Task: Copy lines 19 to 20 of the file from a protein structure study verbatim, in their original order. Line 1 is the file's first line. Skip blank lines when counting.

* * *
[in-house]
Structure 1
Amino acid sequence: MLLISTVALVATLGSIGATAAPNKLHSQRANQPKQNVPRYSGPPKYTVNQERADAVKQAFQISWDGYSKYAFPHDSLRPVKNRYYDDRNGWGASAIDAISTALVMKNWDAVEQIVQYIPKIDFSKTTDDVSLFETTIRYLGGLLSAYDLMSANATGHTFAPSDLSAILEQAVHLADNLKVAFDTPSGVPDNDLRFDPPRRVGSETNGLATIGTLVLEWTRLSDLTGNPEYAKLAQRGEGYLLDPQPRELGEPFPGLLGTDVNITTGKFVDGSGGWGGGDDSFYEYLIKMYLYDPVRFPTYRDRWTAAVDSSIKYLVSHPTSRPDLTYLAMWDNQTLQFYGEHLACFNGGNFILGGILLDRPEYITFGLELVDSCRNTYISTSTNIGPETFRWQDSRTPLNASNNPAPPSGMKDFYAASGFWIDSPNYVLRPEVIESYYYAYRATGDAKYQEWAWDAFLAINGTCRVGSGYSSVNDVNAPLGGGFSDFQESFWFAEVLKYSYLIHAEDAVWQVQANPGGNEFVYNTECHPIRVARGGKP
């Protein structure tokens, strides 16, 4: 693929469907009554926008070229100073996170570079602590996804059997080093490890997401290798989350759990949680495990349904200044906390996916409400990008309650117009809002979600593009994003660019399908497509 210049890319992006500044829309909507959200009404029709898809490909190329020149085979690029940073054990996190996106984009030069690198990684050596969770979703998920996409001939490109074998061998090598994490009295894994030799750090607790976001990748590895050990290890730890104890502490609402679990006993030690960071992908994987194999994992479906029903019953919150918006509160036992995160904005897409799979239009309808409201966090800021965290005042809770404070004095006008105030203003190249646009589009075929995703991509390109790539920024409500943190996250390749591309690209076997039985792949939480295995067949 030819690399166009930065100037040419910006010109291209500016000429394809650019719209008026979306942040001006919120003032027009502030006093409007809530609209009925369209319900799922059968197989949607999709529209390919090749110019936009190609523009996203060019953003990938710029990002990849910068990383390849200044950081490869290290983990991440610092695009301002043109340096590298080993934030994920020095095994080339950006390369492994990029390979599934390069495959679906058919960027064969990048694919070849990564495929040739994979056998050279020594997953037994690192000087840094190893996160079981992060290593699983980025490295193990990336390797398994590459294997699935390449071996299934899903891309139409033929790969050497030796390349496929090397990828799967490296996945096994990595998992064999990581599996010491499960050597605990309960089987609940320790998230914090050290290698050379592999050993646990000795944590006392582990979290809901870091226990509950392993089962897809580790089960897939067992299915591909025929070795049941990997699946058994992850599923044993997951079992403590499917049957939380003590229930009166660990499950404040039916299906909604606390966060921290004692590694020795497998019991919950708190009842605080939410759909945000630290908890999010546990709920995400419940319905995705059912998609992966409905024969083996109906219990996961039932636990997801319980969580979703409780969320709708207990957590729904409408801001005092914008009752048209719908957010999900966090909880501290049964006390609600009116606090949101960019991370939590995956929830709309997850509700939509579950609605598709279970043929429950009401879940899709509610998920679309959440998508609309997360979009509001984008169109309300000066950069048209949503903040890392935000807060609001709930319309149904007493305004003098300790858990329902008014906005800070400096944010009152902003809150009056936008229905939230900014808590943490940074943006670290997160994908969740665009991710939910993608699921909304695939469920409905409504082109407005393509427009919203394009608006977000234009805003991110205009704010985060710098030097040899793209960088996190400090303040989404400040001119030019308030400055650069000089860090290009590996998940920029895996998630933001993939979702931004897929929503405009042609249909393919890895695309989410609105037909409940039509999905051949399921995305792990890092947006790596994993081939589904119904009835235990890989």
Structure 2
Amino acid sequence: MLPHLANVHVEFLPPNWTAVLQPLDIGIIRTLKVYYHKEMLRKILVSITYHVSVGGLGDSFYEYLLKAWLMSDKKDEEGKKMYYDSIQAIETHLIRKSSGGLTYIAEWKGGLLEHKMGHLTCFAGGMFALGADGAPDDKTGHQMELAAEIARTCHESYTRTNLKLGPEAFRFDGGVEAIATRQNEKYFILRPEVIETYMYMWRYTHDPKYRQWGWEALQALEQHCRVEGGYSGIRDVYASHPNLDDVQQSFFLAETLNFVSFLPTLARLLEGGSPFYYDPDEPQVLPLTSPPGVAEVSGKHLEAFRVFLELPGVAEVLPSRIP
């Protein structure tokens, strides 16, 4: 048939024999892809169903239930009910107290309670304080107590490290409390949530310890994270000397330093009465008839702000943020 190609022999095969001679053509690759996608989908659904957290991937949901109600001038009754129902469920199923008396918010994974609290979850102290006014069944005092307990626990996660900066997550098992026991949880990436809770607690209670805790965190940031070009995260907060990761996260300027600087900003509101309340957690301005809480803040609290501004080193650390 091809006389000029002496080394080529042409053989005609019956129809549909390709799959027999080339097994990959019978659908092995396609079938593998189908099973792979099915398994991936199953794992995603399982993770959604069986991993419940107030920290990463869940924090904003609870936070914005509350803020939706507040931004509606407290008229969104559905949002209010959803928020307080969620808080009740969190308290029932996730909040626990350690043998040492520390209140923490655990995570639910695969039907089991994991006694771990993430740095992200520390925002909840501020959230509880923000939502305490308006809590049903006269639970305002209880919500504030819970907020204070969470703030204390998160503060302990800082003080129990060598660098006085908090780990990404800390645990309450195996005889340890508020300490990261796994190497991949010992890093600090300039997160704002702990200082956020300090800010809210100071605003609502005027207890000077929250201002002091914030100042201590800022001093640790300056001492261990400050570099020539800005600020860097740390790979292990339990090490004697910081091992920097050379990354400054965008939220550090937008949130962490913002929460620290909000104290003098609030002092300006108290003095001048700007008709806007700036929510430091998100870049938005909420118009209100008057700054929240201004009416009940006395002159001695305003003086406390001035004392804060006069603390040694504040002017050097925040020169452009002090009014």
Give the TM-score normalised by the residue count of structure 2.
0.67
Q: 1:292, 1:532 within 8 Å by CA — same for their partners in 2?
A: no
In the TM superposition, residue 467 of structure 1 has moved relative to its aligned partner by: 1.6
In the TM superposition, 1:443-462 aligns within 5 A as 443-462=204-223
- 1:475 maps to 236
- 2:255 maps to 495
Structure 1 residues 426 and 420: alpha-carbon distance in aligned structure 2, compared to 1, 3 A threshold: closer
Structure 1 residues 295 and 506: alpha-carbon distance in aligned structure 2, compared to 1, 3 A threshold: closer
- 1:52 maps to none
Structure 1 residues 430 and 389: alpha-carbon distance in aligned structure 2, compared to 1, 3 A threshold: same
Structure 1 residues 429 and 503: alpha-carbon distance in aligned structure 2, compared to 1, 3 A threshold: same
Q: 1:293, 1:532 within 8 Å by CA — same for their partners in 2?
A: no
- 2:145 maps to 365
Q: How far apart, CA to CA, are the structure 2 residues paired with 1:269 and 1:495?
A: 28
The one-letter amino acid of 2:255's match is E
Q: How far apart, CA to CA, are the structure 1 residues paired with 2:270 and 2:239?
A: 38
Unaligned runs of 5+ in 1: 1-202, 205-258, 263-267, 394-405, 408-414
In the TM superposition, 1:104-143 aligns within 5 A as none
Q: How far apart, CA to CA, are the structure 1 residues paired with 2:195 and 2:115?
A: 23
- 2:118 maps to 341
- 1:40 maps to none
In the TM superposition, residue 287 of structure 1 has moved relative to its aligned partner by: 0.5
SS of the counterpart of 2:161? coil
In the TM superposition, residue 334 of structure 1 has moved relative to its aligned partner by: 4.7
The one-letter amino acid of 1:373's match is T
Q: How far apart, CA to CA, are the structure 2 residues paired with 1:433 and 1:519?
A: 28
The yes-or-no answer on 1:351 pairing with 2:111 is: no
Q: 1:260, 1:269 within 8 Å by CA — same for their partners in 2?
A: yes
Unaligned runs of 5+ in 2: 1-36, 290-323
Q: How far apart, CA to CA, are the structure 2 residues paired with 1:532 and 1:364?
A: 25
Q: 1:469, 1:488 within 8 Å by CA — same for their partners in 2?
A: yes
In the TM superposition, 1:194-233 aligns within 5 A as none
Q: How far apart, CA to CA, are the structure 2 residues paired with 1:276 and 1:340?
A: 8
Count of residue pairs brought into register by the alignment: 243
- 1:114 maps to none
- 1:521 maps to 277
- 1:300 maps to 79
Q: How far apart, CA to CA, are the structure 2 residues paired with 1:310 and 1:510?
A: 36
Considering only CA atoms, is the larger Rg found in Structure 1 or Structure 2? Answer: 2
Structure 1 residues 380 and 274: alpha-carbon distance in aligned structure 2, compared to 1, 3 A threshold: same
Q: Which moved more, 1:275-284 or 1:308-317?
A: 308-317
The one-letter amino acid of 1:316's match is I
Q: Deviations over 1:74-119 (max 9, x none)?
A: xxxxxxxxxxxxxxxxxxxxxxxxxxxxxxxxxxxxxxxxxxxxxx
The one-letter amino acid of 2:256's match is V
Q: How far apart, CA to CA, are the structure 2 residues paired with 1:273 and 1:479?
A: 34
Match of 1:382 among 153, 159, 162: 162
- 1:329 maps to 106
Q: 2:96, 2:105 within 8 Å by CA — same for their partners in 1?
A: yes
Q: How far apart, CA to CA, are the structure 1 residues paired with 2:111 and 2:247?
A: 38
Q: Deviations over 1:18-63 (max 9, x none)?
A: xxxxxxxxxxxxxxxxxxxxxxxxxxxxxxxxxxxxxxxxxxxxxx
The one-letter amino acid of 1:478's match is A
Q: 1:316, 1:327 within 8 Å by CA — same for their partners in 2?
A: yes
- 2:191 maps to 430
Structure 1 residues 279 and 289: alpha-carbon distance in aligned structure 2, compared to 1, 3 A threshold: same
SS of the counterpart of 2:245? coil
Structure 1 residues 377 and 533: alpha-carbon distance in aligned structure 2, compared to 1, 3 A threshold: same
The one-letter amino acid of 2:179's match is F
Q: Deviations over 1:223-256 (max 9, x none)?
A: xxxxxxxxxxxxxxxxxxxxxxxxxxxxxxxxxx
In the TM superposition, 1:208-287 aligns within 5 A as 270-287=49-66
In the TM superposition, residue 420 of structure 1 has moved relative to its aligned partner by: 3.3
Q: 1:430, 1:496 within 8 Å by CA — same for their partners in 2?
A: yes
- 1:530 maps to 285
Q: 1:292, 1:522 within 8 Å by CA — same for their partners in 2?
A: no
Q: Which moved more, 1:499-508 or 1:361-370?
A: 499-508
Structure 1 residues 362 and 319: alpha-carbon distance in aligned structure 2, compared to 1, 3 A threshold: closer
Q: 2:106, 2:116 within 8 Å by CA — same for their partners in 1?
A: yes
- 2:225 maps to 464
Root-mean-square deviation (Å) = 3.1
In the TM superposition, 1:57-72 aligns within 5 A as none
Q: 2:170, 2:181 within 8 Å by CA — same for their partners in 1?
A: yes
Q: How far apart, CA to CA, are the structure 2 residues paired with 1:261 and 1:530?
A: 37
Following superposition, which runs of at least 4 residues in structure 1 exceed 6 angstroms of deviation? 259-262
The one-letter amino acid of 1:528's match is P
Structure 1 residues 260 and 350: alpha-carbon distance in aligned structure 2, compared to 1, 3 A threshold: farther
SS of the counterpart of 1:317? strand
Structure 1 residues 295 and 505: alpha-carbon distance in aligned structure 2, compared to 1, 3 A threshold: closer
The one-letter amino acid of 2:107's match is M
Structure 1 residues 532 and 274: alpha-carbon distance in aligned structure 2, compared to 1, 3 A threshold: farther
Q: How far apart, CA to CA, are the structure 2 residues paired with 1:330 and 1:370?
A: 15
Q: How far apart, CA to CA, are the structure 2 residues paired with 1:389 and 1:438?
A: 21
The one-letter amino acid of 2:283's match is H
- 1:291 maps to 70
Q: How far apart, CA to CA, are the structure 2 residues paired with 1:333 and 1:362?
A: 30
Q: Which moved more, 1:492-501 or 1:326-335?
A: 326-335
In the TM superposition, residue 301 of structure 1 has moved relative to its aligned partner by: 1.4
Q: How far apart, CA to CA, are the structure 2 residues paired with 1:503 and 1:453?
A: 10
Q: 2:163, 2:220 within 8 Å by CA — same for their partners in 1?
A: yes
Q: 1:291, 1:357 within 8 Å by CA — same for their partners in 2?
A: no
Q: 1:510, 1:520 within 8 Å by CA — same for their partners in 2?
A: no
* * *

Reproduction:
Structure 1 residues 430 and 389: alpha-carbon distance in aligned structure 2, compared to 1, 3 A threshold: same
Structure 1 residues 429 and 503: alpha-carbon distance in aligned structure 2, compared to 1, 3 A threshold: same